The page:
HACE, Alaska, Mount McKinley, West Buttress
Alaska, Mount McKinley, West Buttress
At 1115 on June 13, Frank Brettholle (51), a member of the “Beer Run” expedition, was found unconscious by his team mates in his tent at the 17,200-foot high camp on Denali’s West Buttress route. His team mates contacted Ranger Meg Perdue and volunteers who rendered medical aid and ground evacuated him to the 14,200-foot camp. After being monitored overnight there, Brettholle descended with his team to the 7,200-foot Kahiltna Base Camp on June 14. Once there, Brettholle again lapsed into unconsciousness. He was treated by Ranger Gordy Kito throughout the night and following day. Due to poor weather, Brettholle could not be evacuated until June 16, when he was taken by Air National Guard Pavehawk helicopter to Alaska Regional Hospital in Anchorage.
This was a highly unusual case whose circumstances have not been closely paralleled by any previously known incidents on Denali. There was nothing to indicate, either in “Beer Run” expedition’s acclimatization schedule or Brettholle’s physical state, his susceptibility to, nor the severity of the High Altitude Cerebral Edema he experienced. Even the previous incident of unconsciousness in the Cascades reported by his climbing partners was not necessarily pertinent to this situation, according to medical professionals. Nor did medical advisors feel there was any indication or significant risk of a relapse as was seen at base camp. For these reasons there seems little that could have been done differently to avoid this situation, though this experience will certainly now inform how subsequent cases are handled. In particular, it would be advisable to consider continuing treatment with Dexamethasone once initiated to guard against the possibility of relapse.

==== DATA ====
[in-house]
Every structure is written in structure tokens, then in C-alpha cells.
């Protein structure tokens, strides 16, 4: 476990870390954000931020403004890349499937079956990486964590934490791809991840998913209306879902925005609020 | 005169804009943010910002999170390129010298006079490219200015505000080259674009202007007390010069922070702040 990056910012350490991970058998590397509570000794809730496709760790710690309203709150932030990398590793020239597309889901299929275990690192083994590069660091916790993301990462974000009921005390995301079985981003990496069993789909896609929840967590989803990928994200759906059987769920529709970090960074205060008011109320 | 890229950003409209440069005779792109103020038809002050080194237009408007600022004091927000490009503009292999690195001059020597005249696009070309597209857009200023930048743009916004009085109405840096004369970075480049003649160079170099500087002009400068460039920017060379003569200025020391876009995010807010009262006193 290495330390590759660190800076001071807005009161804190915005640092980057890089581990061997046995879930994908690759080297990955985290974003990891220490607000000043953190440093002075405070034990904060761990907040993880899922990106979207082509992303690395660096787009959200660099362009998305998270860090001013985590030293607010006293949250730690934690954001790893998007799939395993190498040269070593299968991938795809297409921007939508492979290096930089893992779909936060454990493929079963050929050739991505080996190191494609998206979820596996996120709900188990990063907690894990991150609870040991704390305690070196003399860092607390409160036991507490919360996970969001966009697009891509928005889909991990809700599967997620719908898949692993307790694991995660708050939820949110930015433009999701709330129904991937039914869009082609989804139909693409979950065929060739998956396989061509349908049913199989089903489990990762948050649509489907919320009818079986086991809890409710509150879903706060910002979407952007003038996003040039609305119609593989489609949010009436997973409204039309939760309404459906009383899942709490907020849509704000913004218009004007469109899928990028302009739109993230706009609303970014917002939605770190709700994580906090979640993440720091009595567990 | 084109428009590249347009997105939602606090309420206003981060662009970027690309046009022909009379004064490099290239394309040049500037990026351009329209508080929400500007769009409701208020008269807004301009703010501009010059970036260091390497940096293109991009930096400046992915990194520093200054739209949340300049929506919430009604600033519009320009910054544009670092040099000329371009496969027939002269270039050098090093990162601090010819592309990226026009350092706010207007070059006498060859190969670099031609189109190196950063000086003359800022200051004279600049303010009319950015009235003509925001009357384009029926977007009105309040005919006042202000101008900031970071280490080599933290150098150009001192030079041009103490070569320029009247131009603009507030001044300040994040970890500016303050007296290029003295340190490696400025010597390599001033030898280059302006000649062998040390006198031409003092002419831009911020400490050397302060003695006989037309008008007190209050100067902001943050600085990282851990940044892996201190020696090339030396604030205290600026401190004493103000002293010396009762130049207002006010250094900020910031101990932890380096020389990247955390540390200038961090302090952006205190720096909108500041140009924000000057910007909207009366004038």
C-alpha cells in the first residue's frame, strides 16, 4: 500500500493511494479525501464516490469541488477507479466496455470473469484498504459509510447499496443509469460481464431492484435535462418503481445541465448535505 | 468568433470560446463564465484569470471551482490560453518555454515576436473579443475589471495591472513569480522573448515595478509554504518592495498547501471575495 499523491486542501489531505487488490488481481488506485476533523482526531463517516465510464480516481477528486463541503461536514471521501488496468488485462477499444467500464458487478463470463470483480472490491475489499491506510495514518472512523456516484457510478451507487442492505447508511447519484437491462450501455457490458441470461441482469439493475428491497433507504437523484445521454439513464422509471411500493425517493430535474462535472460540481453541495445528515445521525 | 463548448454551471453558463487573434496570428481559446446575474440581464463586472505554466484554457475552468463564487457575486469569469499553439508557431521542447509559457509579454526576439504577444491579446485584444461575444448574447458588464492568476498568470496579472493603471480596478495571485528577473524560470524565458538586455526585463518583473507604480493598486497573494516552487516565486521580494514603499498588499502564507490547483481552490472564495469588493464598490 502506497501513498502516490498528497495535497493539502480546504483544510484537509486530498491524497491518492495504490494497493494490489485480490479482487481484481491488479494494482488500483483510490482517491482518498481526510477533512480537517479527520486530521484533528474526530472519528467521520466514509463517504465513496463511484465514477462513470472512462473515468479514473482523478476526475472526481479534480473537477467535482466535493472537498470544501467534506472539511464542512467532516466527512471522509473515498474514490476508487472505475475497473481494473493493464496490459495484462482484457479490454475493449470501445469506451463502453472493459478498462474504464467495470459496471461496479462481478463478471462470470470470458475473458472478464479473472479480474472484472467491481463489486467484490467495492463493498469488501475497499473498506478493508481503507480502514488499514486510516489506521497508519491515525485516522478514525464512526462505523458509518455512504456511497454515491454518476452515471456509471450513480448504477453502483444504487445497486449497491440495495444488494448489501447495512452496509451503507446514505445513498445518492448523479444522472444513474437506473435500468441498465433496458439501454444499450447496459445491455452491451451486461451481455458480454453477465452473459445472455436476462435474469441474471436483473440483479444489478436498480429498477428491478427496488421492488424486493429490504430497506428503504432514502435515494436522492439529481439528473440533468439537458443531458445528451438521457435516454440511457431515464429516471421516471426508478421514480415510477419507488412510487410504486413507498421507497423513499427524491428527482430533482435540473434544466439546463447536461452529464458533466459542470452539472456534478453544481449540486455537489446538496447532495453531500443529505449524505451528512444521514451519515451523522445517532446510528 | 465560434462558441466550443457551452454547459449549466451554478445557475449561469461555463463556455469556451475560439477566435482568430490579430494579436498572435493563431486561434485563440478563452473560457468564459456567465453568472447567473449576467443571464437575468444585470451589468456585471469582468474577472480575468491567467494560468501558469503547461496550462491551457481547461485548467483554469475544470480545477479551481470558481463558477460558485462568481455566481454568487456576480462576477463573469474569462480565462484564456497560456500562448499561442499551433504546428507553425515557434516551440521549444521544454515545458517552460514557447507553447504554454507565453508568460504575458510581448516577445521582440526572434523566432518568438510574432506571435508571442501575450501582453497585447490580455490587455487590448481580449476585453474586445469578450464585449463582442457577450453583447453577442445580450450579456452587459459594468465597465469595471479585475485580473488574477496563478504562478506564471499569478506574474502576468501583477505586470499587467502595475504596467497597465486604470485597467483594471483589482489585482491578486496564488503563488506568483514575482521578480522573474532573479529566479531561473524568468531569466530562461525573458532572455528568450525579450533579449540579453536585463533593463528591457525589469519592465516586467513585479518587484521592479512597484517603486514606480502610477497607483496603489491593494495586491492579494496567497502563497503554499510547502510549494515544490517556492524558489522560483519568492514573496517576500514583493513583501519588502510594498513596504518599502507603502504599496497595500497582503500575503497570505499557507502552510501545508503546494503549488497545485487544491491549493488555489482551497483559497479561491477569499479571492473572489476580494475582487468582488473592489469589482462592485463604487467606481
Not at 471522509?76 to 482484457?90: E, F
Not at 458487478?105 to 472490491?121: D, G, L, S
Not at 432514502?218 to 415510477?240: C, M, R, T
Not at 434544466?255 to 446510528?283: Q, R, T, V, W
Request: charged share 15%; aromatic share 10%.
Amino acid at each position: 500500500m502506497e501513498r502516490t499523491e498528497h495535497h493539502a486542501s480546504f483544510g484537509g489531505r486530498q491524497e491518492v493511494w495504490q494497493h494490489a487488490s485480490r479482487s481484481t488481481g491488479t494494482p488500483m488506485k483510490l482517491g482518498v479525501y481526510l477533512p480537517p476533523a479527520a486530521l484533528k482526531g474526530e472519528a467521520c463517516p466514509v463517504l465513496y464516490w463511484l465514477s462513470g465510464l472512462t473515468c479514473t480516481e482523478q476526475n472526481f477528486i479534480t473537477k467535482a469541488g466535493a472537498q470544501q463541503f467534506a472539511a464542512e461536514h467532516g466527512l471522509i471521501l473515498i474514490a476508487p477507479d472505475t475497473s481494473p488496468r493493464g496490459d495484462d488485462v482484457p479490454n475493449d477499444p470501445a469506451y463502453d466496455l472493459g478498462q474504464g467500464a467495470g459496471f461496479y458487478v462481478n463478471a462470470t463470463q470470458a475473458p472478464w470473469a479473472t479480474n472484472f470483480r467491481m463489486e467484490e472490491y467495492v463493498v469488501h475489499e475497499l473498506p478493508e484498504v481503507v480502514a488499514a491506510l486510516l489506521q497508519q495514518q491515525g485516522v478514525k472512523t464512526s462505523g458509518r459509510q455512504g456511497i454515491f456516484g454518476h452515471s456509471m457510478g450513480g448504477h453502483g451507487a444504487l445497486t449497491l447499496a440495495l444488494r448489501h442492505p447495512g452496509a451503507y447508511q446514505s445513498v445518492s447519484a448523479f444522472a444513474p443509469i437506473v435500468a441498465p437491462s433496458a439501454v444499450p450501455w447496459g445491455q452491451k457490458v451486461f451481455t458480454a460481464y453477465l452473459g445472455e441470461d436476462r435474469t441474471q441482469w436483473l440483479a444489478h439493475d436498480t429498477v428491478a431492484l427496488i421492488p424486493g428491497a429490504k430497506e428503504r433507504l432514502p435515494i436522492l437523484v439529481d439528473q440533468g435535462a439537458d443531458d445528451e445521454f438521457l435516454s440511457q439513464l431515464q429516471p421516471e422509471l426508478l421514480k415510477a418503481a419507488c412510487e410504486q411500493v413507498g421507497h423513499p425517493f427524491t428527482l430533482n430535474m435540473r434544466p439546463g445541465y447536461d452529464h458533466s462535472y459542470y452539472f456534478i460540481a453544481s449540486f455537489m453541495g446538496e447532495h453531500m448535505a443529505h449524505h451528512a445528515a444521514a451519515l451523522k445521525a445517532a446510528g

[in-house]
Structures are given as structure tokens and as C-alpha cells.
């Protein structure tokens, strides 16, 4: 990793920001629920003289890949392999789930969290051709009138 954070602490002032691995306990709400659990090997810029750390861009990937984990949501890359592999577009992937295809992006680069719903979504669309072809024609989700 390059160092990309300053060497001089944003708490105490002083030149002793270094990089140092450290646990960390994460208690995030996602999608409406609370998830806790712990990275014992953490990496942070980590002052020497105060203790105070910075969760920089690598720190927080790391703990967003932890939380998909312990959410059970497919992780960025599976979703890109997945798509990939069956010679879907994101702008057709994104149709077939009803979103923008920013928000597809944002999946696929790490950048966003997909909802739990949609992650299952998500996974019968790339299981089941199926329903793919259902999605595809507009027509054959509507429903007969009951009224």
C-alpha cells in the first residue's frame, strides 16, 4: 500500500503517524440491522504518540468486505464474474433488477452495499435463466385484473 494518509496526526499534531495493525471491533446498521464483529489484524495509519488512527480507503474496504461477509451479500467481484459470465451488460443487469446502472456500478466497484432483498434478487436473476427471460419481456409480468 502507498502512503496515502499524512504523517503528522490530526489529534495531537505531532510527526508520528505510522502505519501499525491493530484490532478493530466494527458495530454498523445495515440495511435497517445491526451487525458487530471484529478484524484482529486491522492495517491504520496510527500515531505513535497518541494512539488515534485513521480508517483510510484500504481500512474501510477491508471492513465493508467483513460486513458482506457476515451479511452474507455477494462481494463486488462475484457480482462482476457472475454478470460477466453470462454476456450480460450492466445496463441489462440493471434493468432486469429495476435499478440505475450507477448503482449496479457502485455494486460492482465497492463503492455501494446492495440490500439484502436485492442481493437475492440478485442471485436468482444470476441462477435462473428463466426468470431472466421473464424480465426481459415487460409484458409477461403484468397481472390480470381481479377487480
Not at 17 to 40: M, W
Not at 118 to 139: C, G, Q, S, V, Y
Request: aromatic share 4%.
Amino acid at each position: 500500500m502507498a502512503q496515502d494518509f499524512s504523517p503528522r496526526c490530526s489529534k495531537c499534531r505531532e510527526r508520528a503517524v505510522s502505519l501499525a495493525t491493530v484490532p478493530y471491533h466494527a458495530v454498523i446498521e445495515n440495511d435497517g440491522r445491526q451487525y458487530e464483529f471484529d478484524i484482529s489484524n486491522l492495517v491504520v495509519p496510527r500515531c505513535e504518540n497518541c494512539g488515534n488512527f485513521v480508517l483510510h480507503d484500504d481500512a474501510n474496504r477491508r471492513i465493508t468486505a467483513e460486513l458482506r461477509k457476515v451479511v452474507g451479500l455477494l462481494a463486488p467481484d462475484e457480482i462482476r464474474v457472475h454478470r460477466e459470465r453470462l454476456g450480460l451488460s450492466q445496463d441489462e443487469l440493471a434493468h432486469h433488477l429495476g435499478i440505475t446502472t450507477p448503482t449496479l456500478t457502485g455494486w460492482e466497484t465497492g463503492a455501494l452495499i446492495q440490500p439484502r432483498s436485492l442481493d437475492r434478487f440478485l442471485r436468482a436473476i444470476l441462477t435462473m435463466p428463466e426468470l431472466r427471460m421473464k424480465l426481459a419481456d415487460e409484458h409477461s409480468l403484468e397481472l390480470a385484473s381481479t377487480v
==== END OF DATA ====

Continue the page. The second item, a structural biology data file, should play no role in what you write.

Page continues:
It is also worth noting and praising the level of commitment shown by this expedition in assisting their team mate and trying to remain as self-suf- ficient as possible while facing a difficult situation. They acted as a team, the significance of which should not be underestimated. (Source: Ranger Margaret Perdue)